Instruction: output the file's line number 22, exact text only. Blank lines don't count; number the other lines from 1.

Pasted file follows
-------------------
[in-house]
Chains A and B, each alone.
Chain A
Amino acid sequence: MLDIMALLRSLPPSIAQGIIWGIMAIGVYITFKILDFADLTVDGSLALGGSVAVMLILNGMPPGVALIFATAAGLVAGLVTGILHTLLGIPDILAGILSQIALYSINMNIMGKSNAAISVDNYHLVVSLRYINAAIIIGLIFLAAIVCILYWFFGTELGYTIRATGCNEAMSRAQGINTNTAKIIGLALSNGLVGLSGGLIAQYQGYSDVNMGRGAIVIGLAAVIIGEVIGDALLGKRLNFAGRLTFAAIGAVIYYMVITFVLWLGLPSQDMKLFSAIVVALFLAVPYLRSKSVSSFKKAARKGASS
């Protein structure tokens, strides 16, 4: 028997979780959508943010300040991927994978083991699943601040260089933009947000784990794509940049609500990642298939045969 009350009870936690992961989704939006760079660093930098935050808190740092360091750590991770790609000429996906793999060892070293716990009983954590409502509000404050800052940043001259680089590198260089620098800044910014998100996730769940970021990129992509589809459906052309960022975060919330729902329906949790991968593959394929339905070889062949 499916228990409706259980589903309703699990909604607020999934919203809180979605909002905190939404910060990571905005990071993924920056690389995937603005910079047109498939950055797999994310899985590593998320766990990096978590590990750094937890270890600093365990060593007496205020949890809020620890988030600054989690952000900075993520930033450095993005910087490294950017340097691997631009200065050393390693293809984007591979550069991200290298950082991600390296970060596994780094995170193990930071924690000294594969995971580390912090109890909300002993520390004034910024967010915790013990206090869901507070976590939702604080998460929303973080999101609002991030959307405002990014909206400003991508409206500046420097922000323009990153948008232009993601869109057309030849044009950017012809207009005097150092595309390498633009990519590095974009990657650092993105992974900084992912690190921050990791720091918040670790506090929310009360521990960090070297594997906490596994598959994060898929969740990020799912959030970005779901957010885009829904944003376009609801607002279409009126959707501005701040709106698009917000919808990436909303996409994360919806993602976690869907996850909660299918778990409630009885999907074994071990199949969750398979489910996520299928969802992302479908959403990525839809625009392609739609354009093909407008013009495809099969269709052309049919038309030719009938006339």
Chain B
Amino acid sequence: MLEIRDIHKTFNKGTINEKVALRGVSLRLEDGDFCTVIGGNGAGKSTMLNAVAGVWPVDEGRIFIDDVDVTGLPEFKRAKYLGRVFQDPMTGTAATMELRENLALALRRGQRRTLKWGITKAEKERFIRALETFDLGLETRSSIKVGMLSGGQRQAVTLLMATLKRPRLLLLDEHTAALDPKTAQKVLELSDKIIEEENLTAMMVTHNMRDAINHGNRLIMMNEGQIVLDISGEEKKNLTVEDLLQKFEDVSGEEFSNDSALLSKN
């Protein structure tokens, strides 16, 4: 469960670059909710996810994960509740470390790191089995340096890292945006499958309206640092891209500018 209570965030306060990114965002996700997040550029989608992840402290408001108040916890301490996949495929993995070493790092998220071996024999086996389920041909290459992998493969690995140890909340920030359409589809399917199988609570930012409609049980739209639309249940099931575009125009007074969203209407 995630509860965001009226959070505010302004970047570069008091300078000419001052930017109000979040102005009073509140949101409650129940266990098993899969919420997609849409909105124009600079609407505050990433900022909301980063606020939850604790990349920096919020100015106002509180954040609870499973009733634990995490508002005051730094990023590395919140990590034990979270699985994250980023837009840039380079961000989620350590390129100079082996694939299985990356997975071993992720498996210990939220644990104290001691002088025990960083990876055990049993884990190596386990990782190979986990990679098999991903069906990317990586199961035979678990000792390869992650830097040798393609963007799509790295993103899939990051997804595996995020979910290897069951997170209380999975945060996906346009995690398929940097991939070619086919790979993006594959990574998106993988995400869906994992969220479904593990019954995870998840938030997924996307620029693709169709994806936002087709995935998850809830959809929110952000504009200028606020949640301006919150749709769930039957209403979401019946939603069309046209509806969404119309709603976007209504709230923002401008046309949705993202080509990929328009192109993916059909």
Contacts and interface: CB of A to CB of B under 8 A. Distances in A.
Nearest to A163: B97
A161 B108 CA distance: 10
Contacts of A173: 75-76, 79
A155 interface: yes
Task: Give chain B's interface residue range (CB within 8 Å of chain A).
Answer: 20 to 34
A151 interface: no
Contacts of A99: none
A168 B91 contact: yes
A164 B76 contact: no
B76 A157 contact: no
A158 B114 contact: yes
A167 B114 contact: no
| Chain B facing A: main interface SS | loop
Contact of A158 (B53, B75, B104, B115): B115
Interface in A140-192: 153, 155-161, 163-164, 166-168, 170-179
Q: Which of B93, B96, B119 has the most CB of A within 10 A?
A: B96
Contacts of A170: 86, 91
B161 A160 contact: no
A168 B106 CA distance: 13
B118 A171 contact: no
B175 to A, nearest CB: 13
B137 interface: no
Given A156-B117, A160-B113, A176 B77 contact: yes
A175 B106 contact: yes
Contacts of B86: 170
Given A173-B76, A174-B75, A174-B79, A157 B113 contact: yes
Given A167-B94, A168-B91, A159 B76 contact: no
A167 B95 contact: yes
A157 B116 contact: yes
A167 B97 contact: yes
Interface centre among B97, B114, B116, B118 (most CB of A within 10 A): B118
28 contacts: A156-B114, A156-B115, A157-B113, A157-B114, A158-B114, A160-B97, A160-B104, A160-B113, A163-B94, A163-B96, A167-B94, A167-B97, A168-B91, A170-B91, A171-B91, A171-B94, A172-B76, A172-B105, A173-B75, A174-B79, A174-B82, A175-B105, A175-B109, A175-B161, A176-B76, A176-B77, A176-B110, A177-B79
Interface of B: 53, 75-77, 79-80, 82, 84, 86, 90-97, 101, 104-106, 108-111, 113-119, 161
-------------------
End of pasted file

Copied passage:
A167 B114 contact: no